|Autor(es)||António Álvares Cardoso|
|Destinatario(s)||Fernando de Ataíde Vasconcelos|
Private letter, dictated, from António Álvares Cardoso, priest, to Fernando de Ataíde Vasconcelos.
The author explains how he had proceeded with some written documents.
The files 2388 and 4203 of the Lisbon Inquisition are related, since their defendants ‒ Antonio Álvares Cardoso and Alonso Carrillo de Albornoz, respectively ‒ were denounced by the same person, Fernando de Ataíde Vasconcelos, an accusation that also involved Mariana Galindo and António de Cáceres. They were among the various members of a group that was said to practice witchcraft, and exchanged correspondence with each other. Fernando de Ataíde Vasconcelos was invited to one of their meetings, in March 1617. Since then, some of the letters were also sent to him, being later included in the files as criminal evidence against the people he denounced. Father António Álvares Cardoso was arrested in 1618. Alonso Carrillo de Albornoz, Spanish, resident in Lisbon and a professional comedian, who signed his letters as Martim Lopes, was also found guilty of witchcraft and sentenced to exile for eight years to the island of Príncipe.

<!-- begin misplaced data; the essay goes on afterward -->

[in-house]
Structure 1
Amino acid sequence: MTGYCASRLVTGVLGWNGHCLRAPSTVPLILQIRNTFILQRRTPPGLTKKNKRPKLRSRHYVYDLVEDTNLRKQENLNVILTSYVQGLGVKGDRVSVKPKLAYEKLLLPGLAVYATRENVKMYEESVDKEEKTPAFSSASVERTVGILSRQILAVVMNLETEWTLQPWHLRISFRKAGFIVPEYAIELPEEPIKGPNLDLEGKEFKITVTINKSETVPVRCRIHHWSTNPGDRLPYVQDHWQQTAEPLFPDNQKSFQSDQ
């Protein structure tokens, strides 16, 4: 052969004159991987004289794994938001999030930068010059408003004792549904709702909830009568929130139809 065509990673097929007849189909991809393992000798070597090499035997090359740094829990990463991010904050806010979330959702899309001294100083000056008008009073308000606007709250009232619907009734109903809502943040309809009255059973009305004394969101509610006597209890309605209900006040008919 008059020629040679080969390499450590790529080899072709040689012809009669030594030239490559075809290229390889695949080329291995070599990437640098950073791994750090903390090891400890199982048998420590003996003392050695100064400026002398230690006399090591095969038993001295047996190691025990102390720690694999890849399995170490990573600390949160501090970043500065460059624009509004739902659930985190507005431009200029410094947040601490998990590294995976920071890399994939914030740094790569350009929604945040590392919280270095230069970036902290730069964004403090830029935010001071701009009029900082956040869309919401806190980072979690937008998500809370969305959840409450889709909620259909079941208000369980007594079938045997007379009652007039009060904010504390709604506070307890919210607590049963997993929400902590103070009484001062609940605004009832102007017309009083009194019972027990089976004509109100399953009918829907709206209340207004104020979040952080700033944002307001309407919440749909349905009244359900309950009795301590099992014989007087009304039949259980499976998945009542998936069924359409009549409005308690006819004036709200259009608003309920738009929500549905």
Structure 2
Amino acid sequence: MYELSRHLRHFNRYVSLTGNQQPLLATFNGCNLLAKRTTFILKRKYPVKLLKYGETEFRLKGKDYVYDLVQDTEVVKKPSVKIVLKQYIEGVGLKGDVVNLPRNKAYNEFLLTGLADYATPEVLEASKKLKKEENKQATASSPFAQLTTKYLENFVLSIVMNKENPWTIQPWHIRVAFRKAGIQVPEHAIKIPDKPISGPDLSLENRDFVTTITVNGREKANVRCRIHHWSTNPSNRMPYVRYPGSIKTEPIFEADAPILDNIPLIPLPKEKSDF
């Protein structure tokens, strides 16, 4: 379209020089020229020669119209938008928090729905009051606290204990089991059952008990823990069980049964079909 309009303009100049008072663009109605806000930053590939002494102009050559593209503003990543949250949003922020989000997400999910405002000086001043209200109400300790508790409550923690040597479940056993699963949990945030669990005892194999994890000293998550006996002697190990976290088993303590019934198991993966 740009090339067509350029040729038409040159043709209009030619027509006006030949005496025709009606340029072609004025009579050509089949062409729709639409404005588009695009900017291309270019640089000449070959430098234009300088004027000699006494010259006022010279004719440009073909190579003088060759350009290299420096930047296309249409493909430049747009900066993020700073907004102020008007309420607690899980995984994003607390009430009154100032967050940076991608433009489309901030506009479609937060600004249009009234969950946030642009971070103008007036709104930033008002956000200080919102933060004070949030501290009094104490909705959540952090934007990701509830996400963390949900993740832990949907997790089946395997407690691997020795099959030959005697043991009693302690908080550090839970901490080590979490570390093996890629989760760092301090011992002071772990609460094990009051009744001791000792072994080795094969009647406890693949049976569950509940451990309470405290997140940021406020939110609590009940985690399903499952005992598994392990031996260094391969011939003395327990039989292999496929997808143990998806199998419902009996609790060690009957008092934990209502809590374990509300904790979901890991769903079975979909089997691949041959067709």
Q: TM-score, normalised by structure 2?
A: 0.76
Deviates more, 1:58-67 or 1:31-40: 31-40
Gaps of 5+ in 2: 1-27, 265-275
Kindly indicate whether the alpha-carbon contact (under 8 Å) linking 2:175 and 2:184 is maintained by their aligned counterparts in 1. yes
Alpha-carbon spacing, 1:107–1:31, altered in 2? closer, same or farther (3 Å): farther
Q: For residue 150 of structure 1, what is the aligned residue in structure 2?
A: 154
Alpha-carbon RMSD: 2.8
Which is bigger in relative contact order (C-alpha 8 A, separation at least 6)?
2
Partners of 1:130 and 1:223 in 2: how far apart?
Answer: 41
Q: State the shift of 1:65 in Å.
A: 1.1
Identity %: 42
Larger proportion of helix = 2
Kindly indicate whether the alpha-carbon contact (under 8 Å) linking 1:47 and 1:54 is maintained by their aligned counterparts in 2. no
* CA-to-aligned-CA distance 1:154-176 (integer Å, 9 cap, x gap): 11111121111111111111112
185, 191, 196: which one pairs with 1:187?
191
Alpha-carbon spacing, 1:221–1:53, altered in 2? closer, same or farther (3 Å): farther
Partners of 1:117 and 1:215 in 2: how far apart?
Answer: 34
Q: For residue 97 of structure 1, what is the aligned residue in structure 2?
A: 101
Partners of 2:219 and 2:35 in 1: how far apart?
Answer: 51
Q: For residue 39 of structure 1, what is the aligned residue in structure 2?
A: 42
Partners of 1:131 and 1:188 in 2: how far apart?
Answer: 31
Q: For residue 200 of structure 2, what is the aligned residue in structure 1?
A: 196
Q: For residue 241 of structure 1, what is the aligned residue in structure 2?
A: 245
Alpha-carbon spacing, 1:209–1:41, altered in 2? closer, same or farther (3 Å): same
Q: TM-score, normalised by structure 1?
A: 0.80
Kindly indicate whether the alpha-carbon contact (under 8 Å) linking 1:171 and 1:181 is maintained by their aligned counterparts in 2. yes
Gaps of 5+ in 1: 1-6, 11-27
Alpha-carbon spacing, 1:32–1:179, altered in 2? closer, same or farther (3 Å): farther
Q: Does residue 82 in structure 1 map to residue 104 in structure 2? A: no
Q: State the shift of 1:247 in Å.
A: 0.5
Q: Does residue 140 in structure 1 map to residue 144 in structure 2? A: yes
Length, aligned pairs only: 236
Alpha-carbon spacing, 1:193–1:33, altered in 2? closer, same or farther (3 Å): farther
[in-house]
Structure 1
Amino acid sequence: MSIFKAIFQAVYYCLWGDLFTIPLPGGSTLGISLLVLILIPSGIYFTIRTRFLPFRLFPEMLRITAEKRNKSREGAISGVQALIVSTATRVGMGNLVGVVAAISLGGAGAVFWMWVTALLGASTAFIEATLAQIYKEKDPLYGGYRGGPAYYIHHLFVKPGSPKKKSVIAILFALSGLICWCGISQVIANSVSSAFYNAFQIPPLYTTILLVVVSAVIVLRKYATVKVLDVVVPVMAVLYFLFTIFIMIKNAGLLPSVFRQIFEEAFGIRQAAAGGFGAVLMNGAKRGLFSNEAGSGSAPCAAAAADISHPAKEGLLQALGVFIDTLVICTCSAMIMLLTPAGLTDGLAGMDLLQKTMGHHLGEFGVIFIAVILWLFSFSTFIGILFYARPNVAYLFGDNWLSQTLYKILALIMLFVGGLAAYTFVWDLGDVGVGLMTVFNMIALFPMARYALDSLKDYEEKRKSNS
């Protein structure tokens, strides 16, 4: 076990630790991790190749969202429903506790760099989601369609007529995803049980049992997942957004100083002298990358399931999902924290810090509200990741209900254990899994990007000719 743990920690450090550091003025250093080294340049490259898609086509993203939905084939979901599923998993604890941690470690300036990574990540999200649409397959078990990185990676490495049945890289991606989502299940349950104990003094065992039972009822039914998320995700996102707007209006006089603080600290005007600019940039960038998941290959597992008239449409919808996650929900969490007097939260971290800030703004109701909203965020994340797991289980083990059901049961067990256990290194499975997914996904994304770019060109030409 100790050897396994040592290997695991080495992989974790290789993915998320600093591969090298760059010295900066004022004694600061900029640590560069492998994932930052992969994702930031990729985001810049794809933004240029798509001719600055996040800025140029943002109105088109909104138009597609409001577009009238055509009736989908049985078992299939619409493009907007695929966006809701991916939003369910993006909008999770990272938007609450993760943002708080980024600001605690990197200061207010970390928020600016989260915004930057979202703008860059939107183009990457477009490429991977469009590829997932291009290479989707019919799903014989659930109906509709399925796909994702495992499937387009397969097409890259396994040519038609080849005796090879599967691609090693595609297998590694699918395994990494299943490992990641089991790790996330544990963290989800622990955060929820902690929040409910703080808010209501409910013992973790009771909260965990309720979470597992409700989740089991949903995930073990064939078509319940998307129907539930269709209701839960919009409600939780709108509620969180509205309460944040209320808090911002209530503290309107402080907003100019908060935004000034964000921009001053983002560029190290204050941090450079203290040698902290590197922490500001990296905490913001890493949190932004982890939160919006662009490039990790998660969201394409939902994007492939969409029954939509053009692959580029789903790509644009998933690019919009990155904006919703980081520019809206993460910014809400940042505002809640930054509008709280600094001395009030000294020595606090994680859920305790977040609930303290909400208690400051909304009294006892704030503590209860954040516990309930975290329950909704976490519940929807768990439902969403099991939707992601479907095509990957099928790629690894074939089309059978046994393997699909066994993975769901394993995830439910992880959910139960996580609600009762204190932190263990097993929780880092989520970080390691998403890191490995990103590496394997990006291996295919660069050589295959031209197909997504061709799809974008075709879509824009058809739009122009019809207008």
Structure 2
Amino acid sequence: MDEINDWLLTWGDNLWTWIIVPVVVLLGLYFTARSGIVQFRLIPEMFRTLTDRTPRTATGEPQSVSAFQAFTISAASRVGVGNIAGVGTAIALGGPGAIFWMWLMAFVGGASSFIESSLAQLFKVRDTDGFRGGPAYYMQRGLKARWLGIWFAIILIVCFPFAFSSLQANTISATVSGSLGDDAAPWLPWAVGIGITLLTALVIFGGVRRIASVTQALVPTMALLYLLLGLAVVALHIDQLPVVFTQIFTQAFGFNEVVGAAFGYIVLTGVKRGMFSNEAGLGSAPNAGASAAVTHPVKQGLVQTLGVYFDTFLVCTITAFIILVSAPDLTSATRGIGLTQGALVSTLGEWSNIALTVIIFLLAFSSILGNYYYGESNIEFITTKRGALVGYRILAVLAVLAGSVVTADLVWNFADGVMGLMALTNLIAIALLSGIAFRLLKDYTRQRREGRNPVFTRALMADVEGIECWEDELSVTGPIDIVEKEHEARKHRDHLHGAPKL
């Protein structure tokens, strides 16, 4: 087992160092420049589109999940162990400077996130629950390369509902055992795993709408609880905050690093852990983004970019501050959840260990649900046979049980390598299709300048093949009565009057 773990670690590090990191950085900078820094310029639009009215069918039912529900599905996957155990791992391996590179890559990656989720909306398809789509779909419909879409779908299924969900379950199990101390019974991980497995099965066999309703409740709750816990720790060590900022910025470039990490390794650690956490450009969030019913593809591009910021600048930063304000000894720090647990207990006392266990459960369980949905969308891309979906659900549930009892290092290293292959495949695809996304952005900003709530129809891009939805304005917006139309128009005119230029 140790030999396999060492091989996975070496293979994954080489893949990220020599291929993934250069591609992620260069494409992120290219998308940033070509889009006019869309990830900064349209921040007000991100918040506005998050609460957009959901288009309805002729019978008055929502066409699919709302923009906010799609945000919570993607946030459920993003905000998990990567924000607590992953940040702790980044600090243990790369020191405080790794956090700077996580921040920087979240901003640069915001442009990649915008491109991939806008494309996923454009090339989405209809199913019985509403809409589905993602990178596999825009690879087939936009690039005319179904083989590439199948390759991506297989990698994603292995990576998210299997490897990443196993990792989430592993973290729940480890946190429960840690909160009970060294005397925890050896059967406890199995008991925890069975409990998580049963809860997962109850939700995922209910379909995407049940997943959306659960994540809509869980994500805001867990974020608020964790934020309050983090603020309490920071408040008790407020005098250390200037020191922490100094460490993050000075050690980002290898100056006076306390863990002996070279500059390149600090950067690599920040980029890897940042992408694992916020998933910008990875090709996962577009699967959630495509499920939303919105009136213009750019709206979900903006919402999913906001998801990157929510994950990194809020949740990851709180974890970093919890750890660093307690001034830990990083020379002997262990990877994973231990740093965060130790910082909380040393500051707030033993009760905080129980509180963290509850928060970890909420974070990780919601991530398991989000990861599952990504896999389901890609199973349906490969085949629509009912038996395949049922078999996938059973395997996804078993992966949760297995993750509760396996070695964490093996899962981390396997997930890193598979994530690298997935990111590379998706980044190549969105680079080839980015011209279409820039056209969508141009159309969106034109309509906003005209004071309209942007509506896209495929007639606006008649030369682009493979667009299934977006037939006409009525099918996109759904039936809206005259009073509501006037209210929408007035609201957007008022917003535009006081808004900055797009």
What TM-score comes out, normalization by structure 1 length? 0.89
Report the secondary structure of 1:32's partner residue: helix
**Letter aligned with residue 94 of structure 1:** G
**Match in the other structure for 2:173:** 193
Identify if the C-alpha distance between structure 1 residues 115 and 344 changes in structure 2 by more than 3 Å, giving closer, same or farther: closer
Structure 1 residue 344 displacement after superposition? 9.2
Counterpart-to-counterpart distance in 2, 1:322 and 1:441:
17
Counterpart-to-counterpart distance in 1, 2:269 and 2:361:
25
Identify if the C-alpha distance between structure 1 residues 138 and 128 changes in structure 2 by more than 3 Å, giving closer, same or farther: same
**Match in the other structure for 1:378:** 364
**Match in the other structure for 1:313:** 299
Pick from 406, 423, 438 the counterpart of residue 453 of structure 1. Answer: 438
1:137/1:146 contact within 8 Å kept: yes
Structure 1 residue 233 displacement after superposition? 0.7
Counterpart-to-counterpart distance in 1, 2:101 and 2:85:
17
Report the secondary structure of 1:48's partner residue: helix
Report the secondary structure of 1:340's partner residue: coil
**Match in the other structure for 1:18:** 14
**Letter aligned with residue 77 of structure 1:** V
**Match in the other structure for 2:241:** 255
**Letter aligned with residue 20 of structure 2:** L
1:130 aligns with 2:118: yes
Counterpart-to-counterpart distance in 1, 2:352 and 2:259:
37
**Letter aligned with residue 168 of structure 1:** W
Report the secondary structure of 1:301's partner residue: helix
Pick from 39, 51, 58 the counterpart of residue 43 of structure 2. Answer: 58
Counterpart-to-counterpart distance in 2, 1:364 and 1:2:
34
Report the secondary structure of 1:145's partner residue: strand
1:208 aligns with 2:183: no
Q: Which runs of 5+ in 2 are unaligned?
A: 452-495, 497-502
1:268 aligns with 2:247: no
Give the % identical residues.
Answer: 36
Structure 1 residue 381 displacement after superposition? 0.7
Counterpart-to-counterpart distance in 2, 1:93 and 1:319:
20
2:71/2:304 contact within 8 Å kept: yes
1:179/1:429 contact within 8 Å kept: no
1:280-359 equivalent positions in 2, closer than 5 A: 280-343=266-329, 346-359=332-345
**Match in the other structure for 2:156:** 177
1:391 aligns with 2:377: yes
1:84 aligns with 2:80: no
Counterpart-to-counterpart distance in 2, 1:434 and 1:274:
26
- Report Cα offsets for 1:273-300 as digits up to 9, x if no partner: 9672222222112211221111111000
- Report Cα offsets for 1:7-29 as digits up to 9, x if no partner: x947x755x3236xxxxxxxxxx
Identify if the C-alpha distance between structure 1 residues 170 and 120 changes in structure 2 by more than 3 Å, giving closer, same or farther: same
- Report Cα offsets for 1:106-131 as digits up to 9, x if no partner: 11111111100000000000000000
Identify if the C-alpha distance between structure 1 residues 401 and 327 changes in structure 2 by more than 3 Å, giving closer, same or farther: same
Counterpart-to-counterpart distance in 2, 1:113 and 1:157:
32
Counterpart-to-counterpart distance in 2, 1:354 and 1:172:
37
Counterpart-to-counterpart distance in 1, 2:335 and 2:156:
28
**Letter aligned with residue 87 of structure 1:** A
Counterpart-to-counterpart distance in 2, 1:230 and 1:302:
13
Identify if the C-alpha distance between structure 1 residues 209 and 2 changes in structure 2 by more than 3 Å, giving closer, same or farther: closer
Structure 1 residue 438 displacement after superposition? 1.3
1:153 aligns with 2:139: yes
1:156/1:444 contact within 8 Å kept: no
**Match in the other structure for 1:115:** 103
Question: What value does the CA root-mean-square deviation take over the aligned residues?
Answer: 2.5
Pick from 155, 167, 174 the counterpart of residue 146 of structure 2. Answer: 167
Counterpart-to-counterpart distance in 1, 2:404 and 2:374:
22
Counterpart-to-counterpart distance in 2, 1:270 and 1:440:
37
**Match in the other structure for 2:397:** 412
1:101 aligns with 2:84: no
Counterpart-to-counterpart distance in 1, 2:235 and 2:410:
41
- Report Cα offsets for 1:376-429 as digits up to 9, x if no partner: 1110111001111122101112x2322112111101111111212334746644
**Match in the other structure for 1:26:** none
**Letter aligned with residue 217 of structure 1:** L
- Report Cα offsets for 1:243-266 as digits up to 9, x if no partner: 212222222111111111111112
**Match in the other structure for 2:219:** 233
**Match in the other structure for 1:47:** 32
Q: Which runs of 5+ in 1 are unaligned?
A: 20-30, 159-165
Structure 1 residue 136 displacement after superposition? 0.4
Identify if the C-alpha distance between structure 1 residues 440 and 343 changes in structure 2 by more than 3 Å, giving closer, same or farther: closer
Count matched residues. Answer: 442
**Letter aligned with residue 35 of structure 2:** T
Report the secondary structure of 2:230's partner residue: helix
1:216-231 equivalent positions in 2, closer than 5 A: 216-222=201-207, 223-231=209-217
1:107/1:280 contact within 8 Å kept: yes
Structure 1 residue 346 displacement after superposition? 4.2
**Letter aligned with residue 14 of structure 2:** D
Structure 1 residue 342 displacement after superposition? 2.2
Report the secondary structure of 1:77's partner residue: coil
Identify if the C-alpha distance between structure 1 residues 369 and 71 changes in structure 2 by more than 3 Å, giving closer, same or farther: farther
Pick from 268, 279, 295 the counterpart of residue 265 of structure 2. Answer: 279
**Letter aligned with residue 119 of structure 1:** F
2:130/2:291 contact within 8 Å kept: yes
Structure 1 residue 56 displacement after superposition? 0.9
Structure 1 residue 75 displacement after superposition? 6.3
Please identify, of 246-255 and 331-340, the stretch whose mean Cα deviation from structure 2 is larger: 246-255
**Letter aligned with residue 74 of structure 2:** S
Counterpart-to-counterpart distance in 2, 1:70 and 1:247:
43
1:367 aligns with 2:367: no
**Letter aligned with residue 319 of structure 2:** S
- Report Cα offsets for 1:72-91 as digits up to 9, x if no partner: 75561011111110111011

«I'am out of my mind. You gave order for Cunha to leave here the money you told him and to tell him to appropriate the houses for three months, and I told him so. And to avoid any obstruction, if he didn't want to appropriate them for three, he should appropriate them for six. And since Cárceres, who went to see the houses with him, was there, he didn't leave any money: he was sure to return here again and then he would leave the money, which he didn't, and I haven't heard from him again. And seeing this and knowing it was saturday, new moon, and I'm at home with the foundlings and the keys, lacking news from you or from Castelhano, I did this writing to you, that follows this one, thinking it hadn't gone yet and the money would still be with the Castelhano. Thinking you had gone, I wrote to Castelhano about my complaints. He sent me that writing you'll see here. Seeing this, I wanted to send it. Since Cáceres arrived, and he volunteered to go and he must be the holder, please see what we can do and why the money wasn't left, or if you made any other deal; this situation has been making me even sicker than I was. And may Our Lord Jesus be with us. Send me good news of you and your health and of Madam Violante. Your servant, the father António Álvares Cardoso.»
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